Planning

Downtown China

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In Downtown: It's Rise and Fall, 1880-1950, Robert M Fogelson says that downtowns are a uniquely American phenomenon. He refers to downtown as the commercial cores with high building densities that form "canyons" that, in some smaller urban areas, might be only a block long to a mile or more long.  Fogelson demonstrates that downtowns in the United States are largely a creation of rail transit (subways or metros, street cars and their predecessor horse cars).  read more »

Malthusian Delusions Grip Australia

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Entrepreneur Dick Smith wants Australian families to be subject to China-like population doctrine. Families should be limited to just two children, the father of two and grandfather of six says, because our population growth is something like ‘a plague of locusts.’

Yet in reality, as in many other advanced countries, our population crisis may have more to do with having too few --- specifically younger --- people than too many.  read more »

Cities and the Census: Cities Neither Booming Nor Withering

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For many mayors across the country, including New York City’s Michael Bloomberg, the recently announced results of the 2010 census were a downer. In a host of cities, the population turned out to be substantially lower than the U.S. Census Bureau had estimated for 2010—in New York’s case, by some 250,000 people. Bloomberg immediately called the decade’s meager 2.1 percent growth, less than one-quarter the national average, an “undercount.” Senator Charles Schumer blamed extraterrestrials, accusing the Census Bureau of “living on another planet.”  read more »

Actually, Cities are Part of the Economy

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“The prosperity of our economy and communities is dependent on the political structures and mechanisms used to manage and coordinate our economic systems.”

No politician expecting to be taken seriously would say that today.  read more »

What kind of Cities do we Want, Sustainable, Liveable or Resilient?

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A critical issue from the dreadful earthquake that has severely damaged so much of central Christchurch, taken so many lives, and terrified so many residents of the whole urban area, lies in whether the Central Area should be rebuilt. Some believe it should be abandoned for some other location; others see an opportunity to set new standards in sustainability, urban design, energy efficiency, or whatever ideal urban form takes your fancy.  read more »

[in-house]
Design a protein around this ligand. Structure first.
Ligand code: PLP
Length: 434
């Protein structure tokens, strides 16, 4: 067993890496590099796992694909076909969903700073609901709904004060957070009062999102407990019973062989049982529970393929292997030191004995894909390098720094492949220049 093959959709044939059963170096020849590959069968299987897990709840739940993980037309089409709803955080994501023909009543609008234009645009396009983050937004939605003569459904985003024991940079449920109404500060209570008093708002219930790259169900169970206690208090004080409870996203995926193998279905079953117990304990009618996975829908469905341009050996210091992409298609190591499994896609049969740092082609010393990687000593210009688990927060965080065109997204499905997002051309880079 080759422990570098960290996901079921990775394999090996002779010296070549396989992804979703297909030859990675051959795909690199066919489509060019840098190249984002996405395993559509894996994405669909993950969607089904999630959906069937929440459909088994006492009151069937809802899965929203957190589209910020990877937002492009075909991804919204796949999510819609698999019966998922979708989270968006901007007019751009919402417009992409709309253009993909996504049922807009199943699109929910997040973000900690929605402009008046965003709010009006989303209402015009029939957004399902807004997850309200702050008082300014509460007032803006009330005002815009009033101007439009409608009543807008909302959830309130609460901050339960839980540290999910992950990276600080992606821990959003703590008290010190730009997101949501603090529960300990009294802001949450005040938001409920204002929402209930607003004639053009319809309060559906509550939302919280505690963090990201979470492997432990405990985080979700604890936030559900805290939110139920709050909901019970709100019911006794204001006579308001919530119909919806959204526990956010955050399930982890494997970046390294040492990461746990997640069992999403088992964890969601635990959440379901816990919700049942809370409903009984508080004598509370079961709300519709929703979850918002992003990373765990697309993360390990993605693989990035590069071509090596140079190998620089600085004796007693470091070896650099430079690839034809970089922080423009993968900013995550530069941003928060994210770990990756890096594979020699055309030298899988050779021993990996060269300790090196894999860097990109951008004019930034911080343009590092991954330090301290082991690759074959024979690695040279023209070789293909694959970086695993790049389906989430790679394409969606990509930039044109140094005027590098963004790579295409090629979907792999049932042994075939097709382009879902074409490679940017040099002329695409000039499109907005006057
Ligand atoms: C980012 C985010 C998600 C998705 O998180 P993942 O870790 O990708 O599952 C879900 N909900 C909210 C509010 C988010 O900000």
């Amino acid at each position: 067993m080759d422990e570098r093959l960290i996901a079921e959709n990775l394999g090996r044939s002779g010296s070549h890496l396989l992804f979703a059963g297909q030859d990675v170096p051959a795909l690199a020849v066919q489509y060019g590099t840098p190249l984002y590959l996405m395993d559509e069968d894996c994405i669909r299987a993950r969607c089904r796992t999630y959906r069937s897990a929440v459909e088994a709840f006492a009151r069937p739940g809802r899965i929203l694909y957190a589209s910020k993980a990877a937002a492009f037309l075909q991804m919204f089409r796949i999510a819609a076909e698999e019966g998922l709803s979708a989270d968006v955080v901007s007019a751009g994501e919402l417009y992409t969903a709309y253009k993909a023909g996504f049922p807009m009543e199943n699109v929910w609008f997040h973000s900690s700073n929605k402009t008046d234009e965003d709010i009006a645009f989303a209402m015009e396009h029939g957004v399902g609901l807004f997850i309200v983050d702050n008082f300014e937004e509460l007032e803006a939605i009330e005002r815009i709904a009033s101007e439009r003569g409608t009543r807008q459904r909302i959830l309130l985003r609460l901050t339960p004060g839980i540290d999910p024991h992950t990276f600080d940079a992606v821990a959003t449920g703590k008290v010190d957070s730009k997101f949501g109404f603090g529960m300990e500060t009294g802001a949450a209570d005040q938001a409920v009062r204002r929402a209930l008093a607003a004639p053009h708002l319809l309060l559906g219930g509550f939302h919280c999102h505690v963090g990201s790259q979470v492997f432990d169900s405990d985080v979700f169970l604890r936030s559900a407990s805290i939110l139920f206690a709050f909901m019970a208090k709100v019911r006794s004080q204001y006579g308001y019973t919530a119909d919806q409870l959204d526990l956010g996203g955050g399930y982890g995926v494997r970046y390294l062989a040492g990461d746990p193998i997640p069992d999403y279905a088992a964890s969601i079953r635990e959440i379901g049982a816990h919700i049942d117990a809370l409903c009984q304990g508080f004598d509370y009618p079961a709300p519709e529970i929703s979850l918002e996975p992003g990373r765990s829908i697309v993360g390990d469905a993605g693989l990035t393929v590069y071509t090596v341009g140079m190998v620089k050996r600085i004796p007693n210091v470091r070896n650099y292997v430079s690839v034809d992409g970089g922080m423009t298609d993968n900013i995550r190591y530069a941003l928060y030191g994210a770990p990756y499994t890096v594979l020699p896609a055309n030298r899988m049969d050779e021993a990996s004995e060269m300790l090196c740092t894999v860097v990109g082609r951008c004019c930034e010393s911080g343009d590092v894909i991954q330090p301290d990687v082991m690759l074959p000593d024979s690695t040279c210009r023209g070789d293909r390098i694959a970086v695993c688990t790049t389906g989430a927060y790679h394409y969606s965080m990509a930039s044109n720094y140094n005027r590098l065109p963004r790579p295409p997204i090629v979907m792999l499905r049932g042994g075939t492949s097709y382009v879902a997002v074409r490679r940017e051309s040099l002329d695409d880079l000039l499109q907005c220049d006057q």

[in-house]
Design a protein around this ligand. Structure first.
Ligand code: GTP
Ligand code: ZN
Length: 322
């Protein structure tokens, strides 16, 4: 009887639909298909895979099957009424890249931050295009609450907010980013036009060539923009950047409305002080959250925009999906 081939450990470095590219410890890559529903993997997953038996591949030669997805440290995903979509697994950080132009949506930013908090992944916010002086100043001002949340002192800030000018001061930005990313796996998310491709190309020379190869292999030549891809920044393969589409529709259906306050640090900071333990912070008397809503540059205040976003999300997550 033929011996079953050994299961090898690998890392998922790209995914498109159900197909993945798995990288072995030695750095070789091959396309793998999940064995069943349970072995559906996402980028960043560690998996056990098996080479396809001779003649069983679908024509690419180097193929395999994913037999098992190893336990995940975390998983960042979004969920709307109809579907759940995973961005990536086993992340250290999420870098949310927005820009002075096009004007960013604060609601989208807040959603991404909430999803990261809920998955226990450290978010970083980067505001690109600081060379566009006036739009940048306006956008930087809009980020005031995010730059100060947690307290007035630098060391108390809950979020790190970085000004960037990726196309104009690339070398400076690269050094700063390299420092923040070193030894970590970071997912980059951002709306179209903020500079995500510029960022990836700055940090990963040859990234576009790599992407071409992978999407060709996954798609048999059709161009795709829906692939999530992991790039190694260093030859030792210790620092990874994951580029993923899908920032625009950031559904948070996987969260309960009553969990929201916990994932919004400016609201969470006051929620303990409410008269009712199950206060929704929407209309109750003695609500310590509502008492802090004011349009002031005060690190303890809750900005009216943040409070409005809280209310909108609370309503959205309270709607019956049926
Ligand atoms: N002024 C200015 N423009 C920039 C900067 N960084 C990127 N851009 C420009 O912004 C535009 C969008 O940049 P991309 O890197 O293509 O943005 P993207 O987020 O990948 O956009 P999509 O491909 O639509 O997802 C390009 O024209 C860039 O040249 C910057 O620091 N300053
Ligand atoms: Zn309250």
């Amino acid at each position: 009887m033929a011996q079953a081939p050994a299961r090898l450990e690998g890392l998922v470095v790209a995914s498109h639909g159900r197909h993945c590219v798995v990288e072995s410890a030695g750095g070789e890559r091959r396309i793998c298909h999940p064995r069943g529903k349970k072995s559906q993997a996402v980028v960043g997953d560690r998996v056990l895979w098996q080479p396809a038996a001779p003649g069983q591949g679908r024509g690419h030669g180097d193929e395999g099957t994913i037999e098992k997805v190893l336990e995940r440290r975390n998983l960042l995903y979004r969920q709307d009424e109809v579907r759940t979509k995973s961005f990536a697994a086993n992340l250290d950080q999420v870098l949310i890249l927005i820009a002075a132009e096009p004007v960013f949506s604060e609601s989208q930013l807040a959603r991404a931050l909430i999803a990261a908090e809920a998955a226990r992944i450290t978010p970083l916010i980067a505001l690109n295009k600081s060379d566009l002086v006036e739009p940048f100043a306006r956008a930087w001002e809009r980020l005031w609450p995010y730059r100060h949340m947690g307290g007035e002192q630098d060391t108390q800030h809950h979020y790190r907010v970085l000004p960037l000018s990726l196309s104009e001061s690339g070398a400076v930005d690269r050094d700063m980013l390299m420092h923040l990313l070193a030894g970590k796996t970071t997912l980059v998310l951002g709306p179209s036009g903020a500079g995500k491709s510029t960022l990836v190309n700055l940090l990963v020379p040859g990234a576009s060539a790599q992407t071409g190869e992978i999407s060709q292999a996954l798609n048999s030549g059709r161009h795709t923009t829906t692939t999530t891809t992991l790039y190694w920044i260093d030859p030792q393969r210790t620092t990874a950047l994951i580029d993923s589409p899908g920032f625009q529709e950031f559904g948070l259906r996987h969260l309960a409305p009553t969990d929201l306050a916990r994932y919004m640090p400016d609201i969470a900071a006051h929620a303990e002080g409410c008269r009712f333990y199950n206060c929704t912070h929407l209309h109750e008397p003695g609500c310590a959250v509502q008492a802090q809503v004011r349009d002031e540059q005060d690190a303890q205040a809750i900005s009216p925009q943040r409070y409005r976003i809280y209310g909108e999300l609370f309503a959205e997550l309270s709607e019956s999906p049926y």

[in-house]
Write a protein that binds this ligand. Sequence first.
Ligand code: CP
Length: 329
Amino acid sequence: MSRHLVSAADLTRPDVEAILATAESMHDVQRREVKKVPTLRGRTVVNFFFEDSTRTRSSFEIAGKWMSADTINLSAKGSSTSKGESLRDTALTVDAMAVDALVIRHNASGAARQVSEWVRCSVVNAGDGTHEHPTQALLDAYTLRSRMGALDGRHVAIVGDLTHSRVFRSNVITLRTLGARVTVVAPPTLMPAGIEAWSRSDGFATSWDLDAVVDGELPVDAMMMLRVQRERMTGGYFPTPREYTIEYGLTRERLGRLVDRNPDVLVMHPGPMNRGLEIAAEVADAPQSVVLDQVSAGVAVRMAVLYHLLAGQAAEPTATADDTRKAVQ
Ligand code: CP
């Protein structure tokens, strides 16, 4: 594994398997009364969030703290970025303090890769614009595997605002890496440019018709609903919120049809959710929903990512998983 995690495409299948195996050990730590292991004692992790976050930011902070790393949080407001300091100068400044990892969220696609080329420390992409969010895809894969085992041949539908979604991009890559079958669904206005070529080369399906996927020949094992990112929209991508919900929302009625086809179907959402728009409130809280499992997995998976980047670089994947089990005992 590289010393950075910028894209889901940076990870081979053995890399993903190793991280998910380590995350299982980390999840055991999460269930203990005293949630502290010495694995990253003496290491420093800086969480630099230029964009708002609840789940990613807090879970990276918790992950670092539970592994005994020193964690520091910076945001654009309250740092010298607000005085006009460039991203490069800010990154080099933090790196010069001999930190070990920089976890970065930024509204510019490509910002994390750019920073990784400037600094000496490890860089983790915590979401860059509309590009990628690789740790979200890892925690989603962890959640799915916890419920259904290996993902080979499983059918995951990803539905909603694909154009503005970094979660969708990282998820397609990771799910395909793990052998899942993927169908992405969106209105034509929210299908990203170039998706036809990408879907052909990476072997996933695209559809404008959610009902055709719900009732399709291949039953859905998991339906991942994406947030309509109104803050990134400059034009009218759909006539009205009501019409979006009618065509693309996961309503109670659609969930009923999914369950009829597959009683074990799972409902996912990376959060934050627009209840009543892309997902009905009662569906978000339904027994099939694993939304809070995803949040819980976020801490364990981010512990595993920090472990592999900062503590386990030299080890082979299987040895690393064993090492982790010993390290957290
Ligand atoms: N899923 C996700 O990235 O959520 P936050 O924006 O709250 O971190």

Britain's Housing Crisis: Causes and Solutions

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British house construction has remained at a low level for a decade.   Total new house and flat completions for all tenures last year were 113,670 for England, 17,470 for Scotland, and 6,170 for Wales. Excluding Northern Ireland that is 137,310 for Britain. Under 140,000 homes a year is low for a nation of 60 million.

We are nearly at the lowest level of housing production since reliable records began in the 1920s. (Note 1)    read more »

China Housing Market More Stable Than You May Think

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The sensationalist reporting of rising China tends to celebrate the country’s ascent. But there is one area where both economists and casual observers see a potential disaster: the real estate market.  Media reports of skyrocketing housing prices in first tier cities like Beijing and Shanghai and photo essays of Chinese ‘ghost cities’ inject sober skepticism into the otherwise bewildering reality of rapid growth.  read more »

Why Duany is Wrong About the Importance of Public Participation

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One of the news stories circling lately is an interview with Andres Duany where he asserts that public participation requirements are too onerous to enable great work to be done.   Early in my career I worked as a public historian and historic preservation specialist, so rather than launch immediately into my opinion, let me tell you a true story.  read more »

China's Empty Trains... & Other Unintended Consequences

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In a technical sense, the economy has been in recovery since June of 2009. A year and a half into the rebound though, a general cloud of economic malaise continues to cover the nation. Fears of a diminished America are perpetuated from our political and punditry classes. We are told that our collective lack of preparation, education, innovation, industry, and of infrastructure are all setting us up to fall further. Economic indicators may reflect a bounce-back, but structurally, America is waning. It is China that is increasingly emerging as the world’s bright spot in terms of development.  read more »

Australia's Housing Affordability "Outrage"

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There is mounting concern in Australia about the nature and extent of country’s housing affordability crisis. Expressions of distress are not limited to the middle income households who are locked out of the Great Australian Dream of home ownership. There is heightened interest from advocates of low income households and an opposition political party. Moreover, Australia's overvalued housing is receiving renewed attention in international circles.  read more »